I feel lucky and blessed to be alive to be honest. Amazingly enough, save a few friends who also share addiction histories, no one even knows. Yeah, my friends and the hip people in my family know I like to fuck around with drugs, but unless I've told them, none of them have any fucking clue how bad and crazy it was. I hid it that well, and was that functioning. I'm sure my parents and brothers had their suspicions at some points, especially when I still lived home, but I was basically able to keep my shit together the entire time, miraculously. I've held down my job and have never paid rent late or racked up debt. I was always pretty smart, for a drug addict. The way I really did this was to just take enough to get me through the day and then a lot at night to get fucked up. I recently confessed to a girl I was dating for 2 years during my oxy phase that I was on it the entire time and she was pretty shocked. She knew I liked to fuck around now and again (well, that's what I told her, and sometimes I'd ask if she wanted some), but she swore she didn't know I was addicted. I always thought she did, which is why I told her and also to tell her how well I felt I was doing now. I really can't explain it, but I guess I'm just aces at being a functioning addict.

Anyway, when I jumped off the oxy, I was doing 32mg of sub a day to feel normal. 2 weeks in I was down to 8mg a day and right now I'm down to 1mg a day. I have a planner that I keep track of my doses in and also have noted where I'd like to be in the coming months. My plan is to taper to .125 by years end and then make the jump sometime early 2013. I'll probably start by skipping days, but we'll see. I'm just trying to make it as smooth as possible, especially since no one has any idea and I literally haven't been sick once in the past 10 years. I take tons of vitamins and eat healthy. I'm one of those people that never gets sick so if I have "the flu" for a couple of weeks, I know my family will be immensely worried. I'm going to take a week off of work and see what happens when I finally jump. I've literally never experienced extended withdrawals in my life. I always caved and got something. The worst I've experienced was the 2 weeks where I tapered down to 20mg of hydro and that really wasn't even that bad for me. I'm hoping with a healthy diet, exercise, and a slow, smart taper, I can minimize the withdrawals and make it through this thing with no one being any the wiser. I am not certain this will be possible, but I hope to combine luck and a good plan to achieve it.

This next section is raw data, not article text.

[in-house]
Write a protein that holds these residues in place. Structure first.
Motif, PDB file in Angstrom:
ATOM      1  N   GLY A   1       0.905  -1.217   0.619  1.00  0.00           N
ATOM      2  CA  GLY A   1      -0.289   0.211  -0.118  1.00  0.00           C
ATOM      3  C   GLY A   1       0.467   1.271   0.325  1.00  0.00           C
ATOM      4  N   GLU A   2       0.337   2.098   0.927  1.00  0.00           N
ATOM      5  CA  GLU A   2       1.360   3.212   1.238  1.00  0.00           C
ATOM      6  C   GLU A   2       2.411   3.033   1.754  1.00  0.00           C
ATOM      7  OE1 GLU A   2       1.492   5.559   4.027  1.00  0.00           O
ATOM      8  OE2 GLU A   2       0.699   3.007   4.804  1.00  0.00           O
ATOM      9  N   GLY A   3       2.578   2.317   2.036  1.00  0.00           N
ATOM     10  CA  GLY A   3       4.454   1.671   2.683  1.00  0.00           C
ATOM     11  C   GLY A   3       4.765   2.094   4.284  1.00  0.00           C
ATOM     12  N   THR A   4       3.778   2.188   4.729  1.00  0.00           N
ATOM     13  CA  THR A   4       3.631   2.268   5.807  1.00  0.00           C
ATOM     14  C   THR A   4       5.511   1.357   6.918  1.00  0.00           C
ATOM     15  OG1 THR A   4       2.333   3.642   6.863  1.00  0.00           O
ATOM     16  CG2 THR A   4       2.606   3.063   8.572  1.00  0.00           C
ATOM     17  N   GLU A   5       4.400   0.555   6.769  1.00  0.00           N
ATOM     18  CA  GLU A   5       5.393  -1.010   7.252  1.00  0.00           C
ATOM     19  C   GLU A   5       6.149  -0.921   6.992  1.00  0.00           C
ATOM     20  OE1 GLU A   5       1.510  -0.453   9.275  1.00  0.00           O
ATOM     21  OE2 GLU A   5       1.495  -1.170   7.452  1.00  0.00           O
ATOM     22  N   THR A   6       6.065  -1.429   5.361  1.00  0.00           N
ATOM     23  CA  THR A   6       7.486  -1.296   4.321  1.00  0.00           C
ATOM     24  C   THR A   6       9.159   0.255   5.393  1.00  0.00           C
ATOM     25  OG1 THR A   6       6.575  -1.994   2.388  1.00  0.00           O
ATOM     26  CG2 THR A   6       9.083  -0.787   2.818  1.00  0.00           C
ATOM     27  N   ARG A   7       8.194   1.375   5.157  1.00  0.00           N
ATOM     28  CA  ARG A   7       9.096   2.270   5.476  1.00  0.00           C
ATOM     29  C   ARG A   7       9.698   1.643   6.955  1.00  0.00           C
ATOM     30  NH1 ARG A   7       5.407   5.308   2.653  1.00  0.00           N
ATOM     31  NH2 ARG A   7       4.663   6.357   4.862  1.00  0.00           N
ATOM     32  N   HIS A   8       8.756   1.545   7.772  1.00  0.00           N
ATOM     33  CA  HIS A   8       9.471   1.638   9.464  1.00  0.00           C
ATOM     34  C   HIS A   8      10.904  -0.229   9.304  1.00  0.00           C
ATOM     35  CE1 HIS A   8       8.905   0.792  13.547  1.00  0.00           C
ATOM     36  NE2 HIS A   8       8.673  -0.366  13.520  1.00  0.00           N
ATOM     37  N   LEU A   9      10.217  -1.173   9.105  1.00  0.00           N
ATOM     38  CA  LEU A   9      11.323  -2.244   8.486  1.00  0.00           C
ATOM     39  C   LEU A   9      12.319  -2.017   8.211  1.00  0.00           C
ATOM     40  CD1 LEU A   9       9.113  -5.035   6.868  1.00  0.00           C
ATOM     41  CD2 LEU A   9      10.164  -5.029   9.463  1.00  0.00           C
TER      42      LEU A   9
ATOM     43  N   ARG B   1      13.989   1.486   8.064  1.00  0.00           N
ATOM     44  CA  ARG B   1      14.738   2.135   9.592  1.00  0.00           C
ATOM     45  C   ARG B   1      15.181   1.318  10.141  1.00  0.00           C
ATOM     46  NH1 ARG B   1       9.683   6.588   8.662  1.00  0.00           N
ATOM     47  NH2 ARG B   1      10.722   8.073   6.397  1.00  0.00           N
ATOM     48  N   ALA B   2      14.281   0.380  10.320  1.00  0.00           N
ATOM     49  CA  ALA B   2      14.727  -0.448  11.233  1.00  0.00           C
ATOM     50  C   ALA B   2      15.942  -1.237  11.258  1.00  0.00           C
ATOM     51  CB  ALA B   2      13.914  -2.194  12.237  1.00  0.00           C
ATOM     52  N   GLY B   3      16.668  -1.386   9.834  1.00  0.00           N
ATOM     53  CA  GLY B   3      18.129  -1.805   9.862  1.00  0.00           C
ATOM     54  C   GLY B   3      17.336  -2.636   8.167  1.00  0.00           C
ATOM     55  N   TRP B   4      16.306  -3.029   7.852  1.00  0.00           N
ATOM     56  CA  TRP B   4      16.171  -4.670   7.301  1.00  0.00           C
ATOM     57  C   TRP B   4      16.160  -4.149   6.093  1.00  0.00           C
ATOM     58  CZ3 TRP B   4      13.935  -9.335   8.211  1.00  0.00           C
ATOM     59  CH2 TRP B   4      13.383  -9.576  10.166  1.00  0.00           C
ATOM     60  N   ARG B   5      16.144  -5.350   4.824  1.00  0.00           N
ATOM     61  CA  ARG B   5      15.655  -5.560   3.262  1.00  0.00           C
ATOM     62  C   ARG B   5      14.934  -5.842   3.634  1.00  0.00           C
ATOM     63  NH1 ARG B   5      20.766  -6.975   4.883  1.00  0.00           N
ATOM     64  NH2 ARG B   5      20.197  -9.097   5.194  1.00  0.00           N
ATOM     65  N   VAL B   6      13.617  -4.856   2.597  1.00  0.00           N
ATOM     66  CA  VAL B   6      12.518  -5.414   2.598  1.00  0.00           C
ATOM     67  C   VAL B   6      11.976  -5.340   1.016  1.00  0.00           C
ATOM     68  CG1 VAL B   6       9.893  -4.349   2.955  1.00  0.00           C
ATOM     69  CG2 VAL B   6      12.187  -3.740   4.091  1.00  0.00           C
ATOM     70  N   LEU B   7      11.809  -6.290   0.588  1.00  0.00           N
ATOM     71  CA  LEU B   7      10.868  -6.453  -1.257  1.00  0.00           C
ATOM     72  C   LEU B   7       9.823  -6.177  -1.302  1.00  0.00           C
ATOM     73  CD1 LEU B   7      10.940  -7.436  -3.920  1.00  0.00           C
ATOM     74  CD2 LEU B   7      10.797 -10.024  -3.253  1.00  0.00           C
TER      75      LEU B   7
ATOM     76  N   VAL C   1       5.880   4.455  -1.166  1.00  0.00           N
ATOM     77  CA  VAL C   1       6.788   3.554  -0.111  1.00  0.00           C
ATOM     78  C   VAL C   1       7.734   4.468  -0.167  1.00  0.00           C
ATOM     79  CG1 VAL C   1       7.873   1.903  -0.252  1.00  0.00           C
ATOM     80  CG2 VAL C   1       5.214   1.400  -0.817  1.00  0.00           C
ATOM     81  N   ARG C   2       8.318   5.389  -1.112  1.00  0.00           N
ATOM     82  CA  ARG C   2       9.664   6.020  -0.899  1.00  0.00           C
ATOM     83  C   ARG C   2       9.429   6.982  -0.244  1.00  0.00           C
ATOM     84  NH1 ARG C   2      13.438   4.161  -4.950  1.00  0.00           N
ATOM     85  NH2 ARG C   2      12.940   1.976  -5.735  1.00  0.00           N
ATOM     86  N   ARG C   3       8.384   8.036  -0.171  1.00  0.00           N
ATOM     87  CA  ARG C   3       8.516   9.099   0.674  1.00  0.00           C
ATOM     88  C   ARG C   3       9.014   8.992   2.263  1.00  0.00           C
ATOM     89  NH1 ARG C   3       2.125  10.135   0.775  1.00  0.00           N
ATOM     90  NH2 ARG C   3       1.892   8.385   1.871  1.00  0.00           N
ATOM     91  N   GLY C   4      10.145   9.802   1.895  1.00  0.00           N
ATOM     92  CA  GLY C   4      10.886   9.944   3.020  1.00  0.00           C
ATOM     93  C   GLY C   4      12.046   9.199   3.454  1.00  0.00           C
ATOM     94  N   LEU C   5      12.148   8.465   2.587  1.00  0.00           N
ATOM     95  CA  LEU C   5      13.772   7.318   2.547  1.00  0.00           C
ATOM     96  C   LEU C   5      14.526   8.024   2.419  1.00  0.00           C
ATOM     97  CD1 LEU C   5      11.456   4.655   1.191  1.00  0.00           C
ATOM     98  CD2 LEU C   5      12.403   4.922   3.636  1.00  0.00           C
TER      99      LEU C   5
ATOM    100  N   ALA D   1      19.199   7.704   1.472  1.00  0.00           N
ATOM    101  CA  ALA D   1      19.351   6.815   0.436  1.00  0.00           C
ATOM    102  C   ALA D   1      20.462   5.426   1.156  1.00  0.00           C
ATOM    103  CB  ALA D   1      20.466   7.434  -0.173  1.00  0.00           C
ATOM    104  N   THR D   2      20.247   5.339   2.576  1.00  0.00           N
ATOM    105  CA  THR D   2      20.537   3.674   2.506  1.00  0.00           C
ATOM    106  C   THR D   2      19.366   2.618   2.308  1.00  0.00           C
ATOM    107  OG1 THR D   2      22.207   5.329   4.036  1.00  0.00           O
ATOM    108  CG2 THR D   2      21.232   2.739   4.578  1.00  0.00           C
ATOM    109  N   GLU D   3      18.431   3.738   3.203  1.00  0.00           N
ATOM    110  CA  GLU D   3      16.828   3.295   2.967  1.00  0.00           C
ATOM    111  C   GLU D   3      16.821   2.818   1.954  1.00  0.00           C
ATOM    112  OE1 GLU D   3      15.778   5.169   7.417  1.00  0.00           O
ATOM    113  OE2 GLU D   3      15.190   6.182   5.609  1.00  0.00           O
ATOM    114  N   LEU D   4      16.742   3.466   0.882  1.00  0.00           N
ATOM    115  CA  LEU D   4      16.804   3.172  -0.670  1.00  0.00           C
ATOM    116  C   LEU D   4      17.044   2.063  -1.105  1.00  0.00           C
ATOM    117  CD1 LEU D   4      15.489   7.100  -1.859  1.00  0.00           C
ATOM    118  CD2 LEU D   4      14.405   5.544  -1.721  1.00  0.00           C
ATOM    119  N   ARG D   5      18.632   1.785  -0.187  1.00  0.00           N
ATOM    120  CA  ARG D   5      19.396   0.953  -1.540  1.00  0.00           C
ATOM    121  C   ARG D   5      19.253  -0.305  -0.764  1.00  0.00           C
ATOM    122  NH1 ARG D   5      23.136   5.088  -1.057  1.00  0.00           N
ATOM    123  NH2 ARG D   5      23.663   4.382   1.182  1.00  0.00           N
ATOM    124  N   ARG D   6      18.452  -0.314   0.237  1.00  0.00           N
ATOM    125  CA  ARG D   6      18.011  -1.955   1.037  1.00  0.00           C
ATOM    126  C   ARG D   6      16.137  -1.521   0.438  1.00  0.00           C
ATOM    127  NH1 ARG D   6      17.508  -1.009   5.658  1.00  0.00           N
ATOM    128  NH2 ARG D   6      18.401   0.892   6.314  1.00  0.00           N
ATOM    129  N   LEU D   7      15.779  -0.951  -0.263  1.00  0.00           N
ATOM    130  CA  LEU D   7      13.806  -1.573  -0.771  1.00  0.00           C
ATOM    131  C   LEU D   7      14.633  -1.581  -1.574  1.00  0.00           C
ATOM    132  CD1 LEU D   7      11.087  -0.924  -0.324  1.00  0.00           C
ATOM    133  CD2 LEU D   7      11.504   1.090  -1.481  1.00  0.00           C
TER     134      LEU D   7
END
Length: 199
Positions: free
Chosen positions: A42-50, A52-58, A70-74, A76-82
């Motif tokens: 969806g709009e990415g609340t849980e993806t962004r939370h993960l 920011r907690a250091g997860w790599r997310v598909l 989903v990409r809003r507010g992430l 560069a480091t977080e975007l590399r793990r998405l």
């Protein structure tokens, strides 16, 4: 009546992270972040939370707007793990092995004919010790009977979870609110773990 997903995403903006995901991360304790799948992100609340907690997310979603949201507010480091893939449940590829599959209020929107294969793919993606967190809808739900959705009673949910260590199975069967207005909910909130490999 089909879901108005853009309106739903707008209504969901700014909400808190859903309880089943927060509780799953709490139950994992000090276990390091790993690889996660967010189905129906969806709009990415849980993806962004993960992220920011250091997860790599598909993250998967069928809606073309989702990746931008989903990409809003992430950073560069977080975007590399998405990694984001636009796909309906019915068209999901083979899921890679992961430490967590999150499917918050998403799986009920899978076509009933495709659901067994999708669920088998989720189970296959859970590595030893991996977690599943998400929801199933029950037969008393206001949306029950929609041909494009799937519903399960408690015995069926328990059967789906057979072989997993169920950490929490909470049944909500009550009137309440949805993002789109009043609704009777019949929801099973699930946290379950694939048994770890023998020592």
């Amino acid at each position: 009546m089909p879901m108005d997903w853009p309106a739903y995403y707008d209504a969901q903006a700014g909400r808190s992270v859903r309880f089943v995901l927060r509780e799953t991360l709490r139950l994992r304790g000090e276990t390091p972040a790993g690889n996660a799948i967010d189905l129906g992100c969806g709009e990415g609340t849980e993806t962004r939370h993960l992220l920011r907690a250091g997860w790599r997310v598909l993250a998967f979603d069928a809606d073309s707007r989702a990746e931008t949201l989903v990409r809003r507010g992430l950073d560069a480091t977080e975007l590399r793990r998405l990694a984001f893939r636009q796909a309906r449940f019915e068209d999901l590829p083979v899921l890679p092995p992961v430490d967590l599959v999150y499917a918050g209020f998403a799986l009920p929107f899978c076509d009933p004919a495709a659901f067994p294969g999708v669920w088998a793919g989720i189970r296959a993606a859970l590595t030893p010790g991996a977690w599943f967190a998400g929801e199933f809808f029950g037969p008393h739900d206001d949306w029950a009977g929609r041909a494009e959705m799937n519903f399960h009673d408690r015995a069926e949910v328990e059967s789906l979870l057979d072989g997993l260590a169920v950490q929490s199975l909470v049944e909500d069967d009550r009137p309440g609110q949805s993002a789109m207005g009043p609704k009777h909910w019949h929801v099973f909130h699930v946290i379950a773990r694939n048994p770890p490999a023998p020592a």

During my current taper I've also been pretty lucky to have had a reasonably easy time with it so far. When I drop i usually go A/B/A/B/A/A/A/A/A (A being "current" dose, B being "new" dose) with the doses until I feel normal and it works well for me, although I know I'm now getting into the territory where it's going to start getting more difficult.

Sorry for the diatribe, but being that like 3 people in the world know my whole story, it feels good to just let it all the fuck out. I hope to contribute to the forum with my experiences in tapering and eventually getting off suboxone. I am 100% determined to do this and move on. I am not in a rush, I understand this a process that takes time, but I am consciously determined to be drug free sometime in 2013. I know I'm entering the the most difficult part of the taper, appreciate the support this forum offers, and hope to give some of that same support back.

I also wanted to thank everyone that is currently a part of this community. Your positivity, knowledge, and stories have helped me more than you know.


Top
 Profile  
 
 Post subject:
PostPosted: Thu Aug 09, 2012 7:59 am 
Offline